As a urologist who specializes in testosterone deficiency, I can assure you that the last thing a man wants is even lower T readings after he’s begun treatment. I see this maybe four or five times a year, and it baffles patients and non-expert physicians alike. Yet there’s usually an explanation, as one recent patient of mine illustrates.
This guy was in his late thirties and had seen his primary-care physician complaining about low libido, fatigue, lack of motivation, irritability and difficulty building muscle mass — all the classic Low T symptoms. The doctor checked his testosterone twice. Normal readings are between 400 and 1,200 nanograms per decileter; this guy was at 246 and 285. His doctor prescribed Testim, a topical testosterone cream.
Two weeks later, the patient’s number had dropped to 228 — so his physician prescribed Androgel, a topical gel. Two weeks later, the number was lower still. Confused, the doctor punted — and sent the patient to me.
I knew there could be only two possible explanations. The first entailed learning when the guy’s T level was being measured. Most testosterone creams and gels should be applied in the morning after a shower; the testosterone takes two to three hours to absorb, so peak T arrives around four to five hours after application. Measurable testosterone, however, falls precipitously once absorption is complete. So if a doctor is checking a patient, say, 18 hours after application, he’ll probably record a low number.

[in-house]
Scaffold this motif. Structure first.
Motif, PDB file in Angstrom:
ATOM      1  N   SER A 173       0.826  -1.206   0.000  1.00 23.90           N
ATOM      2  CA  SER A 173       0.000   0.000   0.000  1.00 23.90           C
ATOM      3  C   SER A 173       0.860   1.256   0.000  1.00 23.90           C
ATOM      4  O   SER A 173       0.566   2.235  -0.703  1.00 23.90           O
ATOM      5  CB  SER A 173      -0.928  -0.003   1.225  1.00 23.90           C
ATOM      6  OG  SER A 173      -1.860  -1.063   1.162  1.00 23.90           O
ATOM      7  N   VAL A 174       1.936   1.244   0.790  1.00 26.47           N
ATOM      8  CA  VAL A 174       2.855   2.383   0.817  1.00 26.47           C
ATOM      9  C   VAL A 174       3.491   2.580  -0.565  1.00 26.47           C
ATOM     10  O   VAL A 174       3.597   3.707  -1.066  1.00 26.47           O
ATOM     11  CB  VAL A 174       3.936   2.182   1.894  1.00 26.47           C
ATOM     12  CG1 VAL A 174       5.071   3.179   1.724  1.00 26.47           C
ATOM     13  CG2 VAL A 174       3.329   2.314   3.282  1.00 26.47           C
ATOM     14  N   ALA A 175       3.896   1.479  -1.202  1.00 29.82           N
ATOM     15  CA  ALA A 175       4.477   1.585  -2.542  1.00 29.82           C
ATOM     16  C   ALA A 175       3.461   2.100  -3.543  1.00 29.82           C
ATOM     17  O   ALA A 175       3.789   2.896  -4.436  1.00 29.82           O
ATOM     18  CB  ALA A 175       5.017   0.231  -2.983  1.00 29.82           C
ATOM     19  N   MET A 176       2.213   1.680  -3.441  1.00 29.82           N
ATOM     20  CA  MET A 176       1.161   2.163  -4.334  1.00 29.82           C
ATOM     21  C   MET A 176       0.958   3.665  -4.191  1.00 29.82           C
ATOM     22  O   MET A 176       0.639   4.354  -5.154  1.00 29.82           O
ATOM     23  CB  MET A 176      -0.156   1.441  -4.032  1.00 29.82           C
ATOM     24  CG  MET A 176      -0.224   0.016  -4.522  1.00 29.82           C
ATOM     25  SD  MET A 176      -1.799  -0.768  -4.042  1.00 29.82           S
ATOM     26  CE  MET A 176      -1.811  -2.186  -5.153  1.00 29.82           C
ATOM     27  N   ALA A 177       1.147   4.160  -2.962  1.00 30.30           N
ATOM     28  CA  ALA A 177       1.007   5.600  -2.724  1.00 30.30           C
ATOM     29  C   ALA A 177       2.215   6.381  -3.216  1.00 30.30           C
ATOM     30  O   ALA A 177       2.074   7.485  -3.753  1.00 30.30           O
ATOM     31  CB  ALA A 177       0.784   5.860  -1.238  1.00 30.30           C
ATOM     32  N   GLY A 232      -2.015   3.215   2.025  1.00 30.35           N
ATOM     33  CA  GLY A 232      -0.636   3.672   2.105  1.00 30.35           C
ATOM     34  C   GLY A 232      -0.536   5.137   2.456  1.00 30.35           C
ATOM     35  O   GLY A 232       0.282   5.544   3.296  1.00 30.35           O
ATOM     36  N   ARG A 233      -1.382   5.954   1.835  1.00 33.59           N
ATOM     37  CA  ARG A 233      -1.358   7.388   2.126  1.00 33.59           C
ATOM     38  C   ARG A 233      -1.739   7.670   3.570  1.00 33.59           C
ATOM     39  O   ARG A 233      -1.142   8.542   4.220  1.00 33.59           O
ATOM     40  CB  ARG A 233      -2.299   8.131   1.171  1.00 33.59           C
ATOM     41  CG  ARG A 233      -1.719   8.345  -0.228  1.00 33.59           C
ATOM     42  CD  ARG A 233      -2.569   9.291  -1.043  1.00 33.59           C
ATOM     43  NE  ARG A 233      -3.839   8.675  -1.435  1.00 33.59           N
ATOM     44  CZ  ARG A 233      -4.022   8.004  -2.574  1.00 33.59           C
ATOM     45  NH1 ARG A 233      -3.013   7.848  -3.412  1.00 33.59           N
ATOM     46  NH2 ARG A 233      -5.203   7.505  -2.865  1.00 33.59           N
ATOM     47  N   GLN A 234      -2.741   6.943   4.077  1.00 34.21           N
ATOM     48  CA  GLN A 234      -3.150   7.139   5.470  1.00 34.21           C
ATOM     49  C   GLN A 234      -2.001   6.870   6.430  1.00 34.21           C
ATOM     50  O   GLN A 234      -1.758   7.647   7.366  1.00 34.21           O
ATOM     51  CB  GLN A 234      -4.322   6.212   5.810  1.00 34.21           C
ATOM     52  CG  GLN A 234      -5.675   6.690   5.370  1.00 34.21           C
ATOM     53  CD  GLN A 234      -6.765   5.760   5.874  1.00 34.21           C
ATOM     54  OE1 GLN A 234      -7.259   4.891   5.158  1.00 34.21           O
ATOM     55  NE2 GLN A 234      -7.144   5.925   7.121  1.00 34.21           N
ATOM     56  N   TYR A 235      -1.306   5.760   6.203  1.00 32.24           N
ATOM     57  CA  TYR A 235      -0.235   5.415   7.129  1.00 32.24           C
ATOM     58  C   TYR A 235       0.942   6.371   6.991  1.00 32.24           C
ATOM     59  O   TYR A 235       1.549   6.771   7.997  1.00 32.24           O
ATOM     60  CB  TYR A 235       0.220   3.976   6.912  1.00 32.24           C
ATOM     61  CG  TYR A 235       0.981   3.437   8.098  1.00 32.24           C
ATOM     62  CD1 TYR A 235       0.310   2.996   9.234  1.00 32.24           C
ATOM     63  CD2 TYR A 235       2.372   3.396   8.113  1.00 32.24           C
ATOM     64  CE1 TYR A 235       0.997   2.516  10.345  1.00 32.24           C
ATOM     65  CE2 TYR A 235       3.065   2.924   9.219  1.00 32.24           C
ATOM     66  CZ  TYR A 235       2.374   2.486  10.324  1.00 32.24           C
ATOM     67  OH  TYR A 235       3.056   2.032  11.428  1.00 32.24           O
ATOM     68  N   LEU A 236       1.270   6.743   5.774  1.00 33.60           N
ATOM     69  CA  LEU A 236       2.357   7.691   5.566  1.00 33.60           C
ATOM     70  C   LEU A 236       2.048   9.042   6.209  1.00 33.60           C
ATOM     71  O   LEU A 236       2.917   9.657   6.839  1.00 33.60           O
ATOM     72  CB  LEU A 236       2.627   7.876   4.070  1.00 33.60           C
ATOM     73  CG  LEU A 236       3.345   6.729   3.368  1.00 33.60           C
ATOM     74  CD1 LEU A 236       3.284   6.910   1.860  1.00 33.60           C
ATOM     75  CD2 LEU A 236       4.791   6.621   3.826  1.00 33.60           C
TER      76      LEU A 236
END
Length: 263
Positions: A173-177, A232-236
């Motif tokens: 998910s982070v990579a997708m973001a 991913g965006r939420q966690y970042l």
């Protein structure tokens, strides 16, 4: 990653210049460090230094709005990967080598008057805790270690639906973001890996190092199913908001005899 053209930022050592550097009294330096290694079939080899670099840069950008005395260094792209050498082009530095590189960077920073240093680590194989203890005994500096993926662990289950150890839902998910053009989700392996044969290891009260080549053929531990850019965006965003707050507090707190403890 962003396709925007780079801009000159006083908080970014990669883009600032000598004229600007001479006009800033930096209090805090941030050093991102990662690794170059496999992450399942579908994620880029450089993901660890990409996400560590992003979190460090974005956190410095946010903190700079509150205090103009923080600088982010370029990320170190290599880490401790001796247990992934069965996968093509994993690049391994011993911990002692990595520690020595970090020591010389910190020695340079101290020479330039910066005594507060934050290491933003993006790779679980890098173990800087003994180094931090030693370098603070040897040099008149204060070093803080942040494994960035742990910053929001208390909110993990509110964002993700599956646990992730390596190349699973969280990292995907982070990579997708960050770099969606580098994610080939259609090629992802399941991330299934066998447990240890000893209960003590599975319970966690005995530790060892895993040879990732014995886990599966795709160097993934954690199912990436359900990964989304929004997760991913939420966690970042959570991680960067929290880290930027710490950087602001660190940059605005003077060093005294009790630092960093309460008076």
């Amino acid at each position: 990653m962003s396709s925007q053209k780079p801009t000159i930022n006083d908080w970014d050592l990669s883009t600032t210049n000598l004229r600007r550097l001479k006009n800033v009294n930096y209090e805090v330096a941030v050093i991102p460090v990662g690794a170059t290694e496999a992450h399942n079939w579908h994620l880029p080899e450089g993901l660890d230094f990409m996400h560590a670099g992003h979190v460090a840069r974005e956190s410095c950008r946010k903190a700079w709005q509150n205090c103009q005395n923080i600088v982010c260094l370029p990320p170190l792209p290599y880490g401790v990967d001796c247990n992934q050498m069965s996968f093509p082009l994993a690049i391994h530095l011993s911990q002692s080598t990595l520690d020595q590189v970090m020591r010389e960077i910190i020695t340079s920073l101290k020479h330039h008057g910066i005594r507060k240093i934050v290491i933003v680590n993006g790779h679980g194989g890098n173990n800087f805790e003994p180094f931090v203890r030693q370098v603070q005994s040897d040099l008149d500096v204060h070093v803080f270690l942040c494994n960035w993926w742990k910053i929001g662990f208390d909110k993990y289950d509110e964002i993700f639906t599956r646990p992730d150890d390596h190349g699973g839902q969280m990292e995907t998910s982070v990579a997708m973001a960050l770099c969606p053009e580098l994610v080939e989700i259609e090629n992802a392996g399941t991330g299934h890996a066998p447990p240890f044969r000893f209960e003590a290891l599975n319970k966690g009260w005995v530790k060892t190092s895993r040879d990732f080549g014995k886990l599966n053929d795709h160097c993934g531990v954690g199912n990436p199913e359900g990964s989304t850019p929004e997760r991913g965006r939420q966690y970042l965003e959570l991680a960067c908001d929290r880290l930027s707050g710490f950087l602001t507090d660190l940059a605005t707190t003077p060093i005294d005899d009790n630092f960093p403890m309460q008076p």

This wasn’t the case here, though; this patient’s tests had been drawn several hours after application. So I shifted my focus to the second possible explanation: his dosage.
Here’s why. A man’s testicles produce a finite amount of testosterone. When he undergoes testosterone-replacement therapy (TRT) of any kind, his testicles actually stop producing the hormone; even small amounts of synthetic T will trigger this “negative feedback” and shut down the body’s natural production. So if the amount of topical testosterone prescribed is lower than the amount of testosterone the testicles were producing, a man’s T will drop once therapy begins.
This patient, then, was in no-man’s land. The dosage he’d been prescribed was inadequate to correct his low testosterone, but it was more than enough to suppress his own production of it. I increased his Androgel dosage, and a few weeks later we took his readings about five hours after morning application. His level had increased to 920 ng/dL — and that’s performance any man can be perfectly happy with.
Posted on Fri, February 27, 2015
by Marc Richman, M.D.